Wednesday, March 21, 2007
The Volkswagen Type 1, more commonly known as the Beetle, Fusca (in Brazil and Uruguay), Coccinelle or Cox (French), Vocho (Spanish), Bug, Volky or Käfer (German), Escarabajo (beetle in Spanish), Carocha (in Portugal) is an economy car produced by the German automaker Volkswagen from 1938 until 1975. Although the names “Beetle” and “Bug” were quickly adopted by the public, it was not until August of 1967 that VW themselves began using the name Beetle in marketing materials. It had previously been known only as either the “Type I” or as the 1200 (twelve-hundred), 1300 (thirteen-hundred) or 1500 (fifteen-hundred), which had been the names under which the vehicle was marketed in Europe prior to 1967; the numbers denoted the vehicle’s engine size in cubic centimeters. In 1998, many years after the original model had been dropped from the lineup in most of the world (it continued in Mexico and a handful of other countries until 2003) VW introduced the “New Beetle” (built on a Volkswagen Golf platform), bearing a strong resemblance to the original.
Although widely disdained for its unusual styling, weak power, rough ride, and high noise levels, it was ultimately among the longest and most produced automobiles for a single design. It remained a top seller even as rear-wheel drive conventional subcompacts were refined until ultimately replaced by front-wheel drive models. Most other nameplates are applied to succeeding generations of redesigned platforms, including its replacement, the Golf / Rabbit. The Beetle car was the benchmark for both generations of American compact cars such as the Chevrolet Corvair and subcompact cars such as the Ford Pinto and Chevrolet Vega. In the international poll for the award of the world’s most influential car of the twentieth century the Beetle came fourth after the Ford Model T, the Mini and the Citroën DS, but the Beetle is far more recognizable and familiar to more people than any other passenger automobile.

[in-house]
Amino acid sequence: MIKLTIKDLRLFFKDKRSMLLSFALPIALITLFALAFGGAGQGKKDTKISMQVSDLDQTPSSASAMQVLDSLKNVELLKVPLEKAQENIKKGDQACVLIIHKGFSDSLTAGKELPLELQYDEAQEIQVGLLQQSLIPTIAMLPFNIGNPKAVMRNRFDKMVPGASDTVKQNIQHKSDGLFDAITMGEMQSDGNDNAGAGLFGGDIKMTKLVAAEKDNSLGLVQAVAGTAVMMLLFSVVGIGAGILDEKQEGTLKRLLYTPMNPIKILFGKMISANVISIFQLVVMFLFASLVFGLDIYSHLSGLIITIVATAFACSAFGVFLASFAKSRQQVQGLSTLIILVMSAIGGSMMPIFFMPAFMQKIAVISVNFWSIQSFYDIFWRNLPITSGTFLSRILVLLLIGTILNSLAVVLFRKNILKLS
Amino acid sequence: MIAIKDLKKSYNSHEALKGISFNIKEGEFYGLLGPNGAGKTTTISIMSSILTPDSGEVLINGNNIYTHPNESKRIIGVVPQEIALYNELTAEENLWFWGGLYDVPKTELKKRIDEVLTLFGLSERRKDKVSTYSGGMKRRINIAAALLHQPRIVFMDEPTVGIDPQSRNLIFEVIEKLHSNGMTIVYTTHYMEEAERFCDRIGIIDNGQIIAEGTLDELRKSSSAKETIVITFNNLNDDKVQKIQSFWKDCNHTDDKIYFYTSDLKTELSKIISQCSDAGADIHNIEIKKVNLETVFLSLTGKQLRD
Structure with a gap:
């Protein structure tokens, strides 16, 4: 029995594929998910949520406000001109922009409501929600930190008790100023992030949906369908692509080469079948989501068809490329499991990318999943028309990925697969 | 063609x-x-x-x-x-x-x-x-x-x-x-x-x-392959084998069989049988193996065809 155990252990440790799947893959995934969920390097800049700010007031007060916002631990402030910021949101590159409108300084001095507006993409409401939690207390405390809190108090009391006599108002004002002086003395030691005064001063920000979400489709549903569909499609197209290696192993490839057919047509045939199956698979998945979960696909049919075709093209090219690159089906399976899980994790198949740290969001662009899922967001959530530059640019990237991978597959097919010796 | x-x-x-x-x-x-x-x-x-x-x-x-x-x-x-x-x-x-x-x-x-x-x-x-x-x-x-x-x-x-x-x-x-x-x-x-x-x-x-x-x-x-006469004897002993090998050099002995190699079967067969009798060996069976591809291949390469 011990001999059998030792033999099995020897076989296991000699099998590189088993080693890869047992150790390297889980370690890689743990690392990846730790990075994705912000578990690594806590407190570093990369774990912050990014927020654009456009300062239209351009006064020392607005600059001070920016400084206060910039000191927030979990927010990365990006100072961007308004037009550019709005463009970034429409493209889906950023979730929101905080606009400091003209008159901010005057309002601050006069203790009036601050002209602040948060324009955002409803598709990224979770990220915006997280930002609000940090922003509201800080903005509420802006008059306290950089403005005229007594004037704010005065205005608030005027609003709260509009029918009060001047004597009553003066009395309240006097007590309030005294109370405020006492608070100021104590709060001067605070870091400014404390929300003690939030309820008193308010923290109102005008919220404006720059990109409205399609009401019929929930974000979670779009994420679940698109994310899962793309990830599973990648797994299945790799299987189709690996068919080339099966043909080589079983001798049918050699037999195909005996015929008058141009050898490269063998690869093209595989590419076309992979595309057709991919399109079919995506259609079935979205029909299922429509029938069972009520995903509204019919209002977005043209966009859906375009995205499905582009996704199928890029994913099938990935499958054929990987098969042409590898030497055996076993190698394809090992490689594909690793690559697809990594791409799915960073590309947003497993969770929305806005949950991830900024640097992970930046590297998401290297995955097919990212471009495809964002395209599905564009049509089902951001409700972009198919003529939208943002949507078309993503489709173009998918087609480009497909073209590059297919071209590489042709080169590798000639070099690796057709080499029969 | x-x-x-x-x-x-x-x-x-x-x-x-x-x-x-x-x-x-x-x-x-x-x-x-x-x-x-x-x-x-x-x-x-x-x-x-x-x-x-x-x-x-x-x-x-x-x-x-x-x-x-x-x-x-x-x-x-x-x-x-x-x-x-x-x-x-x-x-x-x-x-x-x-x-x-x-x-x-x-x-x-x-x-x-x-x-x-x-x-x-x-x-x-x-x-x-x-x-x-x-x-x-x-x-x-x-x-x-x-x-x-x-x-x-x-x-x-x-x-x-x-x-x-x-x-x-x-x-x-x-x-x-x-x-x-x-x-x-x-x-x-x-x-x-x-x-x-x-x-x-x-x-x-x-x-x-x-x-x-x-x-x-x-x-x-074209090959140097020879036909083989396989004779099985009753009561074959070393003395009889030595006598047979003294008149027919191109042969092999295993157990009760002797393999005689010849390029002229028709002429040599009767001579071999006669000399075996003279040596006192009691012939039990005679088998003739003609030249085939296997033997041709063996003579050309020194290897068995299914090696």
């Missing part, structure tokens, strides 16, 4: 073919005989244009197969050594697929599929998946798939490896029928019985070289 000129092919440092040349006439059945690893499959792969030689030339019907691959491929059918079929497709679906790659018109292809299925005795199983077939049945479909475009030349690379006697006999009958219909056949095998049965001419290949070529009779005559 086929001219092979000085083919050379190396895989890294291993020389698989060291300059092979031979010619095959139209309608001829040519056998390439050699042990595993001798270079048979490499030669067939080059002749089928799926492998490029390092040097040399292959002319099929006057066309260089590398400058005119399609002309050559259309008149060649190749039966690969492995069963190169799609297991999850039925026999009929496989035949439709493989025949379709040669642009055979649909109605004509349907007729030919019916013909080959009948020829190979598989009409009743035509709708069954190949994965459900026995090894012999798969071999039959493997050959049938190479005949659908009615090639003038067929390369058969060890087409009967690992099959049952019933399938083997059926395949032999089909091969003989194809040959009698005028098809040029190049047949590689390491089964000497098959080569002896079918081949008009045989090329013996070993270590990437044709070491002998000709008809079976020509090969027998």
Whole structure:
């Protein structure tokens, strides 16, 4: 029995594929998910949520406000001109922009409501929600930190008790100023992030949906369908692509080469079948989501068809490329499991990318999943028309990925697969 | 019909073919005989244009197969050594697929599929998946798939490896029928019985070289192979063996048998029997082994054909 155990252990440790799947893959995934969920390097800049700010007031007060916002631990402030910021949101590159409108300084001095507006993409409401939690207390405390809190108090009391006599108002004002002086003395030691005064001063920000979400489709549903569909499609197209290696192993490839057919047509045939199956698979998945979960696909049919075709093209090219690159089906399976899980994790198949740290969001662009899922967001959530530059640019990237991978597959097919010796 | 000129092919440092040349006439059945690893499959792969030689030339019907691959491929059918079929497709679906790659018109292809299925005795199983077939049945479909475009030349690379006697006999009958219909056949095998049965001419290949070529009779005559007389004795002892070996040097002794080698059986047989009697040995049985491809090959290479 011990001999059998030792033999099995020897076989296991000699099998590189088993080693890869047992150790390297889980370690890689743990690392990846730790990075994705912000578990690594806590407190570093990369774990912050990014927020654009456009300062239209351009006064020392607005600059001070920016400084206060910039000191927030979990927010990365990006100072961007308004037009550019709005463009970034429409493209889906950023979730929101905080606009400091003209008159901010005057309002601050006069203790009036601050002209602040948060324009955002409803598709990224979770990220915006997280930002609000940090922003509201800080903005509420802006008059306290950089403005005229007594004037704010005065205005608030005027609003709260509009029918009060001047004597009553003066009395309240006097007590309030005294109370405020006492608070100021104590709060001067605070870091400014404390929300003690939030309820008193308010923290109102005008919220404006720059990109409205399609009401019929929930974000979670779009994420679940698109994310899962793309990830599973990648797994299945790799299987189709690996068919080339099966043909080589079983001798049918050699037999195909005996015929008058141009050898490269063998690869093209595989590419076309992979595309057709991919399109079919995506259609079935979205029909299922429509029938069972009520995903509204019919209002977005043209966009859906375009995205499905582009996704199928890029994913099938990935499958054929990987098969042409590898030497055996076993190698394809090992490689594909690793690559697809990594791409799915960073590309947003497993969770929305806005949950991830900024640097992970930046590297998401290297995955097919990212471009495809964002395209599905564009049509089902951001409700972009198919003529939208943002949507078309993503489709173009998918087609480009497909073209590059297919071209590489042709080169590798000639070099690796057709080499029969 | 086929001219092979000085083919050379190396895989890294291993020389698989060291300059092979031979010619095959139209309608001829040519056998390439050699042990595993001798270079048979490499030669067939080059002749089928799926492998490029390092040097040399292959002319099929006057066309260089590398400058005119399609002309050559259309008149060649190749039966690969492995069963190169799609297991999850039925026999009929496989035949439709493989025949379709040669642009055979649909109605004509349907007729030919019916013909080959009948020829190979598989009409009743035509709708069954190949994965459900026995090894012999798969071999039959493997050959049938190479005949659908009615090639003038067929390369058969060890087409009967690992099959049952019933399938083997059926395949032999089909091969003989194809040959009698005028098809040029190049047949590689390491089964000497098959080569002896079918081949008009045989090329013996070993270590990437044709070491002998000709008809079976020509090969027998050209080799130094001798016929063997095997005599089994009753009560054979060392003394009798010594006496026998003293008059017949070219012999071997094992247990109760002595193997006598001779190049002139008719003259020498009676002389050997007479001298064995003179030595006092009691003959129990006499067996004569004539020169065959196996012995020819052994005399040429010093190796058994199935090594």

Posted by Volkswagen Beetle at 7:20 AM